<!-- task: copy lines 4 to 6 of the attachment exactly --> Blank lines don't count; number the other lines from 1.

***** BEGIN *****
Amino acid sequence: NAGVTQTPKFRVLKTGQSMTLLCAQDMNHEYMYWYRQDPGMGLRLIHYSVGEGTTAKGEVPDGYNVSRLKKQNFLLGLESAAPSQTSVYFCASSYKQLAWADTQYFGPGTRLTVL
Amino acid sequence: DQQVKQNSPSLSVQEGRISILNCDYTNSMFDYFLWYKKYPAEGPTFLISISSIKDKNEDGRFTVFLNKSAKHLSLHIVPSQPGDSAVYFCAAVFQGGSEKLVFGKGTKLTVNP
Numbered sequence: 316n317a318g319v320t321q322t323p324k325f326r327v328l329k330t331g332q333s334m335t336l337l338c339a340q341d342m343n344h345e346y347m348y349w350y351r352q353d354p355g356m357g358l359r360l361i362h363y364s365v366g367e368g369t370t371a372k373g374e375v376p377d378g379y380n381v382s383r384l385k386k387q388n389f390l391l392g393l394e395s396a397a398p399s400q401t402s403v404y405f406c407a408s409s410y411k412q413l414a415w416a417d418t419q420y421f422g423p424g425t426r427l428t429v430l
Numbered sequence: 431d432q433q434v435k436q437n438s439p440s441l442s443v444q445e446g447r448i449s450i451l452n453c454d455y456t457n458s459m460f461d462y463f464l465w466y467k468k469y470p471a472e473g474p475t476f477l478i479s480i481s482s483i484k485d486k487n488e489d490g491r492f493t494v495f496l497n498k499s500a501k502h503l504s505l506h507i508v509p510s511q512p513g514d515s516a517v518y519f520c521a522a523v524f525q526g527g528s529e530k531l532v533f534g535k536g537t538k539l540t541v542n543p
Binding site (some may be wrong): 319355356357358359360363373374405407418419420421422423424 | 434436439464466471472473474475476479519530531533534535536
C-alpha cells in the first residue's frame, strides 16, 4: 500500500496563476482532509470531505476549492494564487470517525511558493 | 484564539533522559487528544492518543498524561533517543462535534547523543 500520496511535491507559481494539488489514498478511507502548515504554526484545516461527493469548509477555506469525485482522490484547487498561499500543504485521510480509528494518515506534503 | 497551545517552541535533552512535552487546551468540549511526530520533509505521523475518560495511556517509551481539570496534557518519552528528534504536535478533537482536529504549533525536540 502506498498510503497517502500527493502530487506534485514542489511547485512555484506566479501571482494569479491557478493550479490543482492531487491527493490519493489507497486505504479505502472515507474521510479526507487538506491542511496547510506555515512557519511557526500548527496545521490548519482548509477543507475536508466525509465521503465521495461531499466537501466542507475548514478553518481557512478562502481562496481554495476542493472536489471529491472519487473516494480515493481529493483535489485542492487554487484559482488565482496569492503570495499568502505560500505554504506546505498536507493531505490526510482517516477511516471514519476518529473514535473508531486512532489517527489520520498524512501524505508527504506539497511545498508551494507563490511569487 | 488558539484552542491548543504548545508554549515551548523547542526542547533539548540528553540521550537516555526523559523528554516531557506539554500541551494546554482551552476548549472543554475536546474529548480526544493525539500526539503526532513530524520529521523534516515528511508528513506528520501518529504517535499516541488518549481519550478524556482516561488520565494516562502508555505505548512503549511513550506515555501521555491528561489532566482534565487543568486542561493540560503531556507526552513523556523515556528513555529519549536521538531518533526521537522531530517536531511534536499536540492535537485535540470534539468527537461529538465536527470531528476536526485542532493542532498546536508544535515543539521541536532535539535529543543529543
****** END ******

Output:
Numbered sequence: 431d432q433q434v435k436q437n438s439p440s441l442s443v444q445e446g447r448i449s450i451l452n453c454d455y456t457n458s459m460f461d462y463f464l465w466y467k468k469y470p471a472e473g474p475t476f477l478i479s480i481s482s483i484k485d486k487n488e489d490g491r492f493t494v495f496l497n498k499s500a501k502h503l504s505l506h507i508v509p510s511q512p513g514d515s516a517v518y519f520c521a522a523v524f525q526g527g528s529e530k531l532v533f534g535k536g537t538k539l540t541v542n543p
Binding site (some may be wrong): 319355356357358359360363373374405407418419420421422423424 | 434436439464466471472473474475476479519530531533534535536
C-alpha cells in the first residue's frame, strides 16, 4: 500500500496563476482532509470531505476549492494564487470517525511558493 | 484564539533522559487528544492518543498524561533517543462535534547523543 500520496511535491507559481494539488489514498478511507502548515504554526484545516461527493469548509477555506469525485482522490484547487498561499500543504485521510480509528494518515506534503 | 497551545517552541535533552512535552487546551468540549511526530520533509505521523475518560495511556517509551481539570496534557518519552528528534504536535478533537482536529504549533525536540 502506498498510503497517502500527493502530487506534485514542489511547485512555484506566479501571482494569479491557478493550479490543482492531487491527493490519493489507497486505504479505502472515507474521510479526507487538506491542511496547510506555515512557519511557526500548527496545521490548519482548509477543507475536508466525509465521503465521495461531499466537501466542507475548514478553518481557512478562502481562496481554495476542493472536489471529491472519487473516494480515493481529493483535489485542492487554487484559482488565482496569492503570495499568502505560500505554504506546505498536507493531505490526510482517516477511516471514519476518529473514535473508531486512532489517527489520520498524512501524505508527504506539497511545498508551494507563490511569487 | 488558539484552542491548543504548545508554549515551548523547542526542547533539548540528553540521550537516555526523559523528554516531557506539554500541551494546554482551552476548549472543554475536546474529548480526544493525539500526539503526532513530524520529521523534516515528511508528513506528520501518529504517535499516541488518549481519550478524556482516561488520565494516562502508555505505548512503549511513550506515555501521555491528561489532566482534565487543568486542561493540560503531556507526552513523556523515556528513555529519549536521538531518533526521537522531530517536531511534536499536540492535537485535540470534539468527537461529538465536527470531528476536526485542532493542532498546536508544535515543539521541536532535539535529543543529543